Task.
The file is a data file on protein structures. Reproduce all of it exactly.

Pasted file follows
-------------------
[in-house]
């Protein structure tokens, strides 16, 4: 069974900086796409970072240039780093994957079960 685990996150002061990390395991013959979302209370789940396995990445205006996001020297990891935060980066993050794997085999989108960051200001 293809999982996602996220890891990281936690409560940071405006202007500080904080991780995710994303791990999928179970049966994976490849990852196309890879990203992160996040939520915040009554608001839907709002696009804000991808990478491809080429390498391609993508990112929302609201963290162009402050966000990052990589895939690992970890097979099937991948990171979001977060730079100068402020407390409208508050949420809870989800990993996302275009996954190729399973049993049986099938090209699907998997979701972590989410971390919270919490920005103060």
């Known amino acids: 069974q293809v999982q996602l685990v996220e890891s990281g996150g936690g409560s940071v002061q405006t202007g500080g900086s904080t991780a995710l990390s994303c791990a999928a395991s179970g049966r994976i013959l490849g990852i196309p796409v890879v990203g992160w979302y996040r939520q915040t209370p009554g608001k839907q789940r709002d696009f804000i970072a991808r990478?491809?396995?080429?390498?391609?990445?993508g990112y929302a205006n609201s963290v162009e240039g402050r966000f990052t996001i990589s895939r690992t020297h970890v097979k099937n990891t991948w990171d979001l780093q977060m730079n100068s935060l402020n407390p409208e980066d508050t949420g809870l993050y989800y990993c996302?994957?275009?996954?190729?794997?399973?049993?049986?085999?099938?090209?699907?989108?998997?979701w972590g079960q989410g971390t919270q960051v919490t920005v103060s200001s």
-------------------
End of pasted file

[in-house]
């Protein structure tokens, strides 16, 4: 069974900086796409970072240039780093994957079960 685990996150002061990390395991013959979302209370789940396995990445205006996001020297990891935060980066993050794997085999989108960051200001 293809999982996602996220890891990281936690409560940071405006202007500080904080991780995710994303791990999928179970049966994976490849990852196309890879990203992160996040939520915040009554608001839907709002696009804000991808990478491809080429390498391609993508990112929302609201963290162009402050966000990052990589895939690992970890097979099937991948990171979001977060730079100068402020407390409208508050949420809870989800990993996302275009996954190729399973049993049986099938090209699907998997979701972590989410971390919270919490920005103060």
């Known amino acids: 069974q293809v999982q996602l685990v996220e890891s990281g996150g936690g409560s940071v002061q405006t202007g500080g900086s904080t991780a995710l990390s994303c791990a999928a395991s179970g049966r994976i013959l490849g990852i196309p796409v890879v990203g992160w979302y996040r939520q915040t209370p009554g608001k839907q789940r709002d696009f804000i970072a991808r990478?491809?396995?080429?390498?391609?990445?993508g990112y929302a205006n609201s963290v162009e240039g402050r966000f990052t996001i990589s895939r690992t020297h970890v097979k099937n990891t991948w990171d979001l780093q977060m730079n100068s935060l402020n407390p409208e980066d508050t949420g809870l993050y989800y990993c996302?994957?275009?996954?190729?794997?399973?049993?049986?085999?099938?090209?699907?989108?998997?979701w972590g079960q989410g971390t919270q960051v919490t920005v103060s200001s």